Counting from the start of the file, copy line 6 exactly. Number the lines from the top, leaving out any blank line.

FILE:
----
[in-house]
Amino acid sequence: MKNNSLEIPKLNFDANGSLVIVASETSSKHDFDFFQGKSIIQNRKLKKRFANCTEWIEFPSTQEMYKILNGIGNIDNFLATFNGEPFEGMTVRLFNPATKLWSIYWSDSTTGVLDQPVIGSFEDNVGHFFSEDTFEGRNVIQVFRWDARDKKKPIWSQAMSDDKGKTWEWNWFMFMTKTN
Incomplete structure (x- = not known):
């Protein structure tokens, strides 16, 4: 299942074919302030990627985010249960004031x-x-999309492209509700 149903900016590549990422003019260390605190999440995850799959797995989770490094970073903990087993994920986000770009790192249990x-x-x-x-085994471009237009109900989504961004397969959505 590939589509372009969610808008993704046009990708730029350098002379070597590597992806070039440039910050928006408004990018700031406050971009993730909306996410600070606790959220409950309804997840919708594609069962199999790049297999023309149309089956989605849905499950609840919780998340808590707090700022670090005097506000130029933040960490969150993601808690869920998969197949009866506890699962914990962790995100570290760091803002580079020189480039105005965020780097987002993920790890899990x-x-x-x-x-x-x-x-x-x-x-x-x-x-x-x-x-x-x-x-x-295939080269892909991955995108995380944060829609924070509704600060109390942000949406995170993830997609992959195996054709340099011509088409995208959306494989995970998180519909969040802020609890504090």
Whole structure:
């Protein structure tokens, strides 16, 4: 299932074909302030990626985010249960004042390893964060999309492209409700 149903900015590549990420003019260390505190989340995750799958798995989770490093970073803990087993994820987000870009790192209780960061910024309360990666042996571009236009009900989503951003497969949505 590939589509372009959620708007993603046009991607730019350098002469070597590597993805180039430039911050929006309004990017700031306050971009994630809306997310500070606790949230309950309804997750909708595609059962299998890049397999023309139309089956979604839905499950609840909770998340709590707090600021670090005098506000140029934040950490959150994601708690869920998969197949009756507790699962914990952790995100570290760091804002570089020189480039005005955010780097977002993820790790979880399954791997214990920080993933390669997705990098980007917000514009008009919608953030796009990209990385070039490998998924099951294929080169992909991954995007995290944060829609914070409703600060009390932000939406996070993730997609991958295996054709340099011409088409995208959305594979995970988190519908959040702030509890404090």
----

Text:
């Protein structure tokens, strides 16, 4: 299932074909302030990626985010249960004042390893964060999309492209409700 149903900015590549990420003019260390505190989340995750799958798995989770490093970073803990087993994820987000870009790192209780960061910024309360990666042996571009236009009900989503951003497969949505 590939589509372009959620708007993603046009991607730019350098002469070597590597993805180039430039911050929006309004990017700031306050971009994630809306997310500070606790949230309950309804997750909708595609059962299998890049397999023309139309089956979604839905499950609840909770998340709590707090600021670090005098506000140029934040950490959150994601708690869920998969197949009756507790699962914990952790995100570290760091804002570089020189480039005005955010780097977002993820790790979880399954791997214990920080993933390669997705990098980007917000514009008009919608953030796009990209990385070039490998998924099951294929080169992909991954995007995290944060829609914070409703600060009390932000939406996070993730997609991958295996054709340099011409088409995208959305594979995970988190519908959040702030509890404090």